The basic unit of the Party is Party Cell which consists of three (minimum) to five (maximum) members and can be formed area-wise, profession-wise or production-wise. In many of the Indian states, they have formed these committees and are operating through them. They have concrete presence in 9-10 states which are categorised as Naxal-affected states.

The Communist Party of India (Maoist) has been successful in maintaining a large number of armed guerrillas. The guerrilla forces are actually maintained and supervised by Central Military Commission (CMC). The Central Committee (CC) constitutes the CMC. It is structurally a huge body. It was formed in 1999 to look after, among other things, “the military field including Production and Technical wings in the party”. According to the Left Wing Extremism Division of the Ministry of Home Affairs, following departments fall under the direct command of the CMC:

  • Technical Research and Arms Manufacturing Unit (TRAM)
  • Regional Commands (RCs)
  • Special Action Teams (SATs), also known as Assassination Squads
  • Military Intelligence (MI)
  • Publications and Editorial Board of ‘Jung’
  • Central Military Instructors Team (CMIT)
  • Communications
  • Tactical Counter Offensive Campaign (TCOC)
  • People’s Liberation Guerrilla Army (PLGA)

People’s Liberation Guerrilla Army (PLGA)

Maoists believe that at the core of a state’s legitimacy lies its military power. To destroy the military power of a state is to capture the state. And that is how a ‘revolution’ happens. But Maoists know that they are now not in a position to open an all-out war against the Indian armed forces or so. They term this situation as Stage of Strategic Defensive. In the People’s Protracted War which is a war method to expand a war in time and space to harass the enemy forces, there are three strategic stages: Stage of Strategic Defensive, Stage of Strategic Stalemate and Stage of Strategic Offensive. Maoists think that Indian armed forces are superior to them only from the tactical point of view, not from the strategic point of view. The strategy is to destroy the armed forces bit-by-bit as a full meal is eaten up mouthful by mouthful. They would wait for an appropriate timing to wage a full-blown war against the armed forces, for example, at the time of national crisis ensuing from a full-fledged war with neighbouring countries or a war on a world scale. At the moment, they see before them two immediate tasks—to transform guerrilla zones into red base areas and the PLGA to People’s Liberation Army (PLA) by shifting from guerrilla warfare via mobile warfare to positional warfare. At the same time to work on the modalities to capture the urban areas though the means of urban warfare. For them, capturing the urban areas will mean capturing the state power. State power gets feeble when it approaches periphery (rural areas) from centre (urban areas). That is why Maoists begin with their revolutionary activities from rural areas and set up their military bases therein to convert those areas first into guerrilla zones and then further into red bases.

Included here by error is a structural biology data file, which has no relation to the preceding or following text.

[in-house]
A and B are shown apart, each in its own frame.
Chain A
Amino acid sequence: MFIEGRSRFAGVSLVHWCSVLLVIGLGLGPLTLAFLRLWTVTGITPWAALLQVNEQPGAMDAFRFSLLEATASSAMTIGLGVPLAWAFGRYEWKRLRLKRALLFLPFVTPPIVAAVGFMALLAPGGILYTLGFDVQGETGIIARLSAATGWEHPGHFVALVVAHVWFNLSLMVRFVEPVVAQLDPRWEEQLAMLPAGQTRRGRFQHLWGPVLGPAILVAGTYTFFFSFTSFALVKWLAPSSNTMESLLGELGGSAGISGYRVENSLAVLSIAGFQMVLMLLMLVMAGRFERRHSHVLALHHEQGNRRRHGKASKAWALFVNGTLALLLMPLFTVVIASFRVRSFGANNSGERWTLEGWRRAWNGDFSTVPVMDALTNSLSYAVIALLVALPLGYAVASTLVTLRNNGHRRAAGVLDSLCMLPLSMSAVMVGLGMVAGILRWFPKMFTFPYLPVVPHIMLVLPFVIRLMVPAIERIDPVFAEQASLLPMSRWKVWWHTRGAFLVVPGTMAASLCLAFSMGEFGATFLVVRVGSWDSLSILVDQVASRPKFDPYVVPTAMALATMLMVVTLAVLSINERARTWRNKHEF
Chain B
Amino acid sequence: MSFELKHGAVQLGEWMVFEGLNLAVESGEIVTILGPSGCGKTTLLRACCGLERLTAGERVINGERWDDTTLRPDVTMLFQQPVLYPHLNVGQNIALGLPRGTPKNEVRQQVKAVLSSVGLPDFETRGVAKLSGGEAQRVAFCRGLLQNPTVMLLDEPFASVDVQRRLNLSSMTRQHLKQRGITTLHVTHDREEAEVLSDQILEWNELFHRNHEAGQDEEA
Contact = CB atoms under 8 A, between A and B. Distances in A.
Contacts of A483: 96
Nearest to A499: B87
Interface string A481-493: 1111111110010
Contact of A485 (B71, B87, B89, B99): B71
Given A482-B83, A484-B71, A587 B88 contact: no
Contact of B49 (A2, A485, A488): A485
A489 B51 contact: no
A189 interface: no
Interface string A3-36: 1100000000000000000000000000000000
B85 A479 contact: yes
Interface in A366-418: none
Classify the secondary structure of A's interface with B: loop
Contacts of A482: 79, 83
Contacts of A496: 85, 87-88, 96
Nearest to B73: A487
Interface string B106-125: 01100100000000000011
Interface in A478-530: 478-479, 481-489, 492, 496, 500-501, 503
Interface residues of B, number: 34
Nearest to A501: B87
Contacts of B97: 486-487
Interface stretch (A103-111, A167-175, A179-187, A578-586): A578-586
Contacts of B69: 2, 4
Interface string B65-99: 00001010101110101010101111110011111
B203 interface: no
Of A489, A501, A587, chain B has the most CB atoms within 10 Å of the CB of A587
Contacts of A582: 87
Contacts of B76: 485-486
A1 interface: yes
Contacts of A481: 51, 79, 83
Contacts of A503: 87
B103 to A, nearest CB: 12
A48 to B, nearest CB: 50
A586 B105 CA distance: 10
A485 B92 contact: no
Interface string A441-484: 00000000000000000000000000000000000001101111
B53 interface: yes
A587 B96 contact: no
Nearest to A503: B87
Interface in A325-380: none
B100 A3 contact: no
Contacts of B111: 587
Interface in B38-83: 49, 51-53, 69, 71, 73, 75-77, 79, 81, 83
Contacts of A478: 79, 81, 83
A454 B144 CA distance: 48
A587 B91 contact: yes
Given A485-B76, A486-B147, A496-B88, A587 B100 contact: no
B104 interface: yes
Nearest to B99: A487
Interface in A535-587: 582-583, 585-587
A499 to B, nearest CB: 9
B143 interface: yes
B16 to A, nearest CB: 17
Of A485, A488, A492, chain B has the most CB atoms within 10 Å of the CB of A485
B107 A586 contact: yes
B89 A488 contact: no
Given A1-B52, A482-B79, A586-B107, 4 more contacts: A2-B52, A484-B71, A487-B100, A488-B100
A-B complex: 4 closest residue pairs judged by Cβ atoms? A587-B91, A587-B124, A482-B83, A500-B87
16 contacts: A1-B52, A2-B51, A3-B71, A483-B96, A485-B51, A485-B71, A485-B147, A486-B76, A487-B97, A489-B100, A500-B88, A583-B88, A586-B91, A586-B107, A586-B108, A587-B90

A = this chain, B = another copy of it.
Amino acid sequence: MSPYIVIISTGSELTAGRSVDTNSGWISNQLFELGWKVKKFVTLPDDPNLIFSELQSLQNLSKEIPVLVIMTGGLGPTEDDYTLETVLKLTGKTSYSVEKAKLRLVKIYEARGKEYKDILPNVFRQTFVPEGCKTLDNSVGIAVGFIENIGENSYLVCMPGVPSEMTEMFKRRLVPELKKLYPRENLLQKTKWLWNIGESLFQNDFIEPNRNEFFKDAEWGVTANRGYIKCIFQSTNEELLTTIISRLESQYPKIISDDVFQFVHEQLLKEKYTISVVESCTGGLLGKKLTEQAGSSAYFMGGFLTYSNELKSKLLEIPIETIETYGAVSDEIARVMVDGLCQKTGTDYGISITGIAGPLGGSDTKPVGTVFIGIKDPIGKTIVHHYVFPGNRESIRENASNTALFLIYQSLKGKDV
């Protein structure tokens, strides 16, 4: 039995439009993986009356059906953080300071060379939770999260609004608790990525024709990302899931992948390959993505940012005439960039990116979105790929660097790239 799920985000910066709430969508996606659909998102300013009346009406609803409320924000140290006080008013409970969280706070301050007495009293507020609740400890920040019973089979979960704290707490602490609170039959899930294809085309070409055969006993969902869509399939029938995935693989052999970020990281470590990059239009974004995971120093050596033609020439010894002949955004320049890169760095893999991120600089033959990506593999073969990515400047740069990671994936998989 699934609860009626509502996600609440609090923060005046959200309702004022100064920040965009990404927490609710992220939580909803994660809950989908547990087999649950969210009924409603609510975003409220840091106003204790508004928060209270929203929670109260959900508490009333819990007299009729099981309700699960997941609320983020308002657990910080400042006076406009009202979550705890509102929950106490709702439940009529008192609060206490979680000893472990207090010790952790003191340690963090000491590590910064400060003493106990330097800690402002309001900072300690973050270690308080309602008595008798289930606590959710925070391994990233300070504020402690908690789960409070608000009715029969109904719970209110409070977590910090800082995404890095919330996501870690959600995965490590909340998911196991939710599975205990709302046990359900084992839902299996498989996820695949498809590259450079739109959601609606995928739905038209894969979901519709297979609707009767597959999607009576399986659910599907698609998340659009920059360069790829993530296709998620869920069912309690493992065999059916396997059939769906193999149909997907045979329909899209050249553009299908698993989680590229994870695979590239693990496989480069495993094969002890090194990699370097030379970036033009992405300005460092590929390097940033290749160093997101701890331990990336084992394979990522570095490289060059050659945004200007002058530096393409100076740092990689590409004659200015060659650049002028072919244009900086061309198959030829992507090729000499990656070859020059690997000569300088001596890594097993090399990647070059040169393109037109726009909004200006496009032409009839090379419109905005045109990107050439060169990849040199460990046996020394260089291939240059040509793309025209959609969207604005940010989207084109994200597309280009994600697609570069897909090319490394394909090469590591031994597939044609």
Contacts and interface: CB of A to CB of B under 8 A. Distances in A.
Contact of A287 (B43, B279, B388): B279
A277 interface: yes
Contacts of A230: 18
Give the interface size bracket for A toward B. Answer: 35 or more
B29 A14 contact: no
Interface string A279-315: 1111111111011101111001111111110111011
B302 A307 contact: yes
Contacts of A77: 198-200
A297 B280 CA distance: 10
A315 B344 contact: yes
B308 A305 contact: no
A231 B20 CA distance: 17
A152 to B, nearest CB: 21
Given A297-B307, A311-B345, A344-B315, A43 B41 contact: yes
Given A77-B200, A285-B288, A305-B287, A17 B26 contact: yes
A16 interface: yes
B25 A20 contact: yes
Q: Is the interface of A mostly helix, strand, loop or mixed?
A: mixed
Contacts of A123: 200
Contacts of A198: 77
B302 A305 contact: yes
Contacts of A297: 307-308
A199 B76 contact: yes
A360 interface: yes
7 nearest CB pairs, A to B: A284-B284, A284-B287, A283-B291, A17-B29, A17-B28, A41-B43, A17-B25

Considering the Maoists’ long-term strategy, experts opine that the formation of the PLGA on December 2, 2000 was a turning point in the Maoist movement. It was founded by the then Communist Party of India–Marxist-Leninist (People’s War), originally as People’s Guerrilla Army (PLA). After the merger took place between the People’s War Group and Maoist Communist Centre (MCC) in September 2004, the name of the PLA was rechristened as PLGA. The compositional structure of the PLGA is shown in the following chart:

Understanding the Maoist Challenge in India (Part 2)

The CPI (Maoist) observed 14th anniversary of the PLGA from December 2 to December 8, 2014. They celebrate the foundation day of the PLGA on large scale. They organise cultural events, do some blasts and hold critical meetings with various factions. The weeklong celebration aims at recruiting new cadres in its fold. Reportedly, in the last ten years, more than 40,000 cadres have undergone the military (guerrilla warfare, ambush, bomb planting and abduction) and in-doctrine (Maoist ideology) trainings in the 489 training camps organised during the period. At present, total strength of the PLGA is estimated to be 13,000 hard core underground guerrilla fighters. In addition, there are reportedly approximately 50,000 over ground supporters and sympathisers.